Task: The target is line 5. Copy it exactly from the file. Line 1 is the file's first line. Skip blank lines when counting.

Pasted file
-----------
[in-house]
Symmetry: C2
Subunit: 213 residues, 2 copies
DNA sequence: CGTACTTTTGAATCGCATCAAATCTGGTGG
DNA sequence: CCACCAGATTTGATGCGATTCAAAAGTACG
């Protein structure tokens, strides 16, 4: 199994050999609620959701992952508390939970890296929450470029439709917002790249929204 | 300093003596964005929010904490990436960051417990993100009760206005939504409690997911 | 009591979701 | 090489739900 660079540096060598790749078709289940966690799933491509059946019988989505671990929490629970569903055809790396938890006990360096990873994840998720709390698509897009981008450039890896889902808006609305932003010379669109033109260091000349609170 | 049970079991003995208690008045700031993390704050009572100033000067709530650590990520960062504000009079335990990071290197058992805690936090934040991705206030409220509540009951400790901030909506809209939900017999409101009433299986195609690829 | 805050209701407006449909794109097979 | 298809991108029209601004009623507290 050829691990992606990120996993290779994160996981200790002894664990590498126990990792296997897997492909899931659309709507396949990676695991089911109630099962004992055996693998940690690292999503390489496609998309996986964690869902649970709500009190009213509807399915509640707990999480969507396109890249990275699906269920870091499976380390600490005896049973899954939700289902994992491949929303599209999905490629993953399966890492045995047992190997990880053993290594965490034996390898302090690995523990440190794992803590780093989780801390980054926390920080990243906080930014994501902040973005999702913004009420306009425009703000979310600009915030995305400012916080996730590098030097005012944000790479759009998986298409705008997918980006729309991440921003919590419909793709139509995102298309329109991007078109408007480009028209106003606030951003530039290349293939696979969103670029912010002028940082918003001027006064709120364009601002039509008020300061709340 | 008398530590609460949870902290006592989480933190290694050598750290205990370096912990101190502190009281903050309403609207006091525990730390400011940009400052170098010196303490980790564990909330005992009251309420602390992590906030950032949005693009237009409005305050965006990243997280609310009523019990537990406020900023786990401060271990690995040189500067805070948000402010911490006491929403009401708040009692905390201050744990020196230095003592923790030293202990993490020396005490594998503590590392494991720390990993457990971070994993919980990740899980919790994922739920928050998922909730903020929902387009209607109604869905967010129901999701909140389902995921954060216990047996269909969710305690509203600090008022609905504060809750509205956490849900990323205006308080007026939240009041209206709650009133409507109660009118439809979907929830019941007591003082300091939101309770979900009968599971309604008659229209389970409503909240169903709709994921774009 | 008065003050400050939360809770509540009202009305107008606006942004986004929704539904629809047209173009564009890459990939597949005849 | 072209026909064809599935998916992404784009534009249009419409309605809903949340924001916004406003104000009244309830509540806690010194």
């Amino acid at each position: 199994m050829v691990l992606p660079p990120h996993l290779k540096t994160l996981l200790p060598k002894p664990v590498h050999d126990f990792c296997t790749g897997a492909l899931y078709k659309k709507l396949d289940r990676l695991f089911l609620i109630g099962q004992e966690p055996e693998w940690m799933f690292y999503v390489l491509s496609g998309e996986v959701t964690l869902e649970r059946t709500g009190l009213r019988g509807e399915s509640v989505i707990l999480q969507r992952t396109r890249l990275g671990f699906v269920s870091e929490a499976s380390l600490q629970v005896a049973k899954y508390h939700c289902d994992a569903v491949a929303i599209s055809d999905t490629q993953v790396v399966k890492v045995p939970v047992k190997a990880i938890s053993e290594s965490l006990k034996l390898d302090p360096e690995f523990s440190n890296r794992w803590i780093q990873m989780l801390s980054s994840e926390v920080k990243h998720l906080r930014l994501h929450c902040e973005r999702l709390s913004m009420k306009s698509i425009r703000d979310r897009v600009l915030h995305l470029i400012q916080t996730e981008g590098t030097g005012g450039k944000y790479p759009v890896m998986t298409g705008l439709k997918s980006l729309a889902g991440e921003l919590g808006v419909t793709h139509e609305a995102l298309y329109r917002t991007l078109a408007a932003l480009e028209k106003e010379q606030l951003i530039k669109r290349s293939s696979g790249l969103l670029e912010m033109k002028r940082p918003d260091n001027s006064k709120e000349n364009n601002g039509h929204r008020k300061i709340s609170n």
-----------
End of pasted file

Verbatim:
DNA sequence: CCACCAGATTTGATGCGATTCAAAAGTACG